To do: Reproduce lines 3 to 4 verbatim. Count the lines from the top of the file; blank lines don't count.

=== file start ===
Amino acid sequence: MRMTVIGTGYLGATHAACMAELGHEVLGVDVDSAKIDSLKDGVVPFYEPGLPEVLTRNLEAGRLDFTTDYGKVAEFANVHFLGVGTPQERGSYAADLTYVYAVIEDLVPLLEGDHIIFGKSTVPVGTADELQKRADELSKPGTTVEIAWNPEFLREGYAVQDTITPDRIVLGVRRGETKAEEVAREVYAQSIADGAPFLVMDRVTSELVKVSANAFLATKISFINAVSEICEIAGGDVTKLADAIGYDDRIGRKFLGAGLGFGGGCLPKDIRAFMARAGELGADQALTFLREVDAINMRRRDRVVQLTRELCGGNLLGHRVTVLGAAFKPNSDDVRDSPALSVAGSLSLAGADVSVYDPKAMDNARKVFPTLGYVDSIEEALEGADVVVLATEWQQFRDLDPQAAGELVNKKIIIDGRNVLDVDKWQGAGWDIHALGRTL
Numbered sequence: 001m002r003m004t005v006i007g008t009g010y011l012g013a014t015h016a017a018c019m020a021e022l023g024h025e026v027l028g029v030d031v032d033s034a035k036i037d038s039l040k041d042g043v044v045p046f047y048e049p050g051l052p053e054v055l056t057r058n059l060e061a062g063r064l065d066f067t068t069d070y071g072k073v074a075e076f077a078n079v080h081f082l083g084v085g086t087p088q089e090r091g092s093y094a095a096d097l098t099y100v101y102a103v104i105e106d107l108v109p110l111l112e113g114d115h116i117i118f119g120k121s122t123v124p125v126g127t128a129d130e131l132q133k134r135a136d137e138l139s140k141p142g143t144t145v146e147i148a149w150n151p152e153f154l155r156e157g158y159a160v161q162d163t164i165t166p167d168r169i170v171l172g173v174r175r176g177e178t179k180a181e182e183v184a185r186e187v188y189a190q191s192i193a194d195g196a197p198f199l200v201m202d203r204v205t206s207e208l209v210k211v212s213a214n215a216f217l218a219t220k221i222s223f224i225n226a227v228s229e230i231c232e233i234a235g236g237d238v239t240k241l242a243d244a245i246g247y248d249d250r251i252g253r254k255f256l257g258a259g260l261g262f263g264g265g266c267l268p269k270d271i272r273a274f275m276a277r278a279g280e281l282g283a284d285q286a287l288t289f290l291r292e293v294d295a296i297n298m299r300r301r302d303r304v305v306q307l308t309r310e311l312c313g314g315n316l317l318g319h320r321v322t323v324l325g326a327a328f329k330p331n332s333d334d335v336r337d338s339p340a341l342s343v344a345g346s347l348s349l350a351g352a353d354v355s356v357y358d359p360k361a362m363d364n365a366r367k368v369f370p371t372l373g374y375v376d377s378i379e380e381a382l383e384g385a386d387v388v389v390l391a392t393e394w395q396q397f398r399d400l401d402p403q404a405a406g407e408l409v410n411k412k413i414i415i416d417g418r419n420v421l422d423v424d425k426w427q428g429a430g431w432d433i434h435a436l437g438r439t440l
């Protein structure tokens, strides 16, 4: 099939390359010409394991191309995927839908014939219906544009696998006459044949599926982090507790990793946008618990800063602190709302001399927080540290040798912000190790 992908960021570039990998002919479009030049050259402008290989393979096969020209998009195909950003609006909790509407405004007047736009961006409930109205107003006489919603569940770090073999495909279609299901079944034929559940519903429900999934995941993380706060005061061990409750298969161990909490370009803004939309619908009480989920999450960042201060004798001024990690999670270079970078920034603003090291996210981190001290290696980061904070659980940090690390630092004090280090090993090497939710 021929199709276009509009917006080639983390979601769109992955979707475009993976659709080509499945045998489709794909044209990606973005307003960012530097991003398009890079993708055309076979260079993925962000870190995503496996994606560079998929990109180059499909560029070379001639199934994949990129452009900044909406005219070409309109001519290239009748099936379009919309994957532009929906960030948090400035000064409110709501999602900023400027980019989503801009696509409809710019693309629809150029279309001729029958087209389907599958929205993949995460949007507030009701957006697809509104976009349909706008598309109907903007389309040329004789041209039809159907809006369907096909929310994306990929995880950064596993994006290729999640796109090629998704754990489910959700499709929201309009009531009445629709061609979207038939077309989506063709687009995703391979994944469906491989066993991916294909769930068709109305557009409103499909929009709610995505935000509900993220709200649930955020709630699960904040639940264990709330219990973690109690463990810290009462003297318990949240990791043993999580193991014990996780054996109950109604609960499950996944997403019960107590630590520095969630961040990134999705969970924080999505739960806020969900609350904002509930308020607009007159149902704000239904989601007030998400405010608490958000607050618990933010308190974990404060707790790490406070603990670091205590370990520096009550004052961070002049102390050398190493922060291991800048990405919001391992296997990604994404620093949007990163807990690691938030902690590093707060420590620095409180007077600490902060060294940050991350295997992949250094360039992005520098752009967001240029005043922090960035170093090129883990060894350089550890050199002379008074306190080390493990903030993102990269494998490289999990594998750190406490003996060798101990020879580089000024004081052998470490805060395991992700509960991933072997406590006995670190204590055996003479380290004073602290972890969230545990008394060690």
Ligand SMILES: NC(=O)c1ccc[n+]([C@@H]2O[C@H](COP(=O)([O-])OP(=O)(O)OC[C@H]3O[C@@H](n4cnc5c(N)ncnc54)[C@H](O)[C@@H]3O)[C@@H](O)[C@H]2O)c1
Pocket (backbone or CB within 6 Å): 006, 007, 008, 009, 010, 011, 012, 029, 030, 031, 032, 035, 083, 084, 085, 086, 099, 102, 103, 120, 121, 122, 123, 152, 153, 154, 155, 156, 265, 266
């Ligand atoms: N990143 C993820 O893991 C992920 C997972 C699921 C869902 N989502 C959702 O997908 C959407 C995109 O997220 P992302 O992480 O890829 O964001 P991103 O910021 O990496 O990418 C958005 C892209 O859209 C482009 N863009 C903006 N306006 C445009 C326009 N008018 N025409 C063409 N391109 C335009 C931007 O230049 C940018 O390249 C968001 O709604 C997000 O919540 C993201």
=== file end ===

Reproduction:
């Protein structure tokens, strides 16, 4: 099939390359010409394991191309995927839908014939219906544009696998006459044949599926982090507790990793946008618990800063602190709302001399927080540290040798912000190790 992908960021570039990998002919479009030049050259402008290989393979096969020209998009195909950003609006909790509407405004007047736009961006409930109205107003006489919603569940770090073999495909279609299901079944034929559940519903429900999934995941993380706060005061061990409750298969161990909490370009803004939309619908009480989920999450960042201060004798001024990690999670270079970078920034603003090291996210981190001290290696980061904070659980940090690390630092004090280090090993090497939710 021929199709276009509009917006080639983390979601769109992955979707475009993976659709080509499945045998489709794909044209990606973005307003960012530097991003398009890079993708055309076979260079993925962000870190995503496996994606560079998929990109180059499909560029070379001639199934994949990129452009900044909406005219070409309109001519290239009748099936379009919309994957532009929906960030948090400035000064409110709501999602900023400027980019989503801009696509409809710019693309629809150029279309001729029958087209389907599958929205993949995460949007507030009701957006697809509104976009349909706008598309109907903007389309040329004789041209039809159907809006369907096909929310994306990929995880950064596993994006290729999640796109090629998704754990489910959700499709929201309009009531009445629709061609979207038939077309989506063709687009995703391979994944469906491989066993991916294909769930068709109305557009409103499909929009709610995505935000509900993220709200649930955020709630699960904040639940264990709330219990973690109690463990810290009462003297318990949240990791043993999580193991014990996780054996109950109604609960499950996944997403019960107590630590520095969630961040990134999705969970924080999505739960806020969900609350904002509930308020607009007159149902704000239904989601007030998400405010608490958000607050618990933010308190974990404060707790790490406070603990670091205590370990520096009550004052961070002049102390050398190493922060291991800048990405919001391992296997990604994404620093949007990163807990690691938030902690590093707060420590620095409180007077600490902060060294940050991350295997992949250094360039992005520098752009967001240029005043922090960035170093090129883990060894350089550890050199002379008074306190080390493990903030993102990269494998490289999990594998750190406490003996060798101990020879580089000024004081052998470490805060395991992700509960991933072997406590006995670190204590055996003479380290004073602290972890969230545990008394060690």
Ligand SMILES: NC(=O)c1ccc[n+]([C@@H]2O[C@H](COP(=O)([O-])OP(=O)(O)OC[C@H]3O[C@@H](n4cnc5c(N)ncnc54)[C@H](O)[C@@H]3O)[C@@H](O)[C@H]2O)c1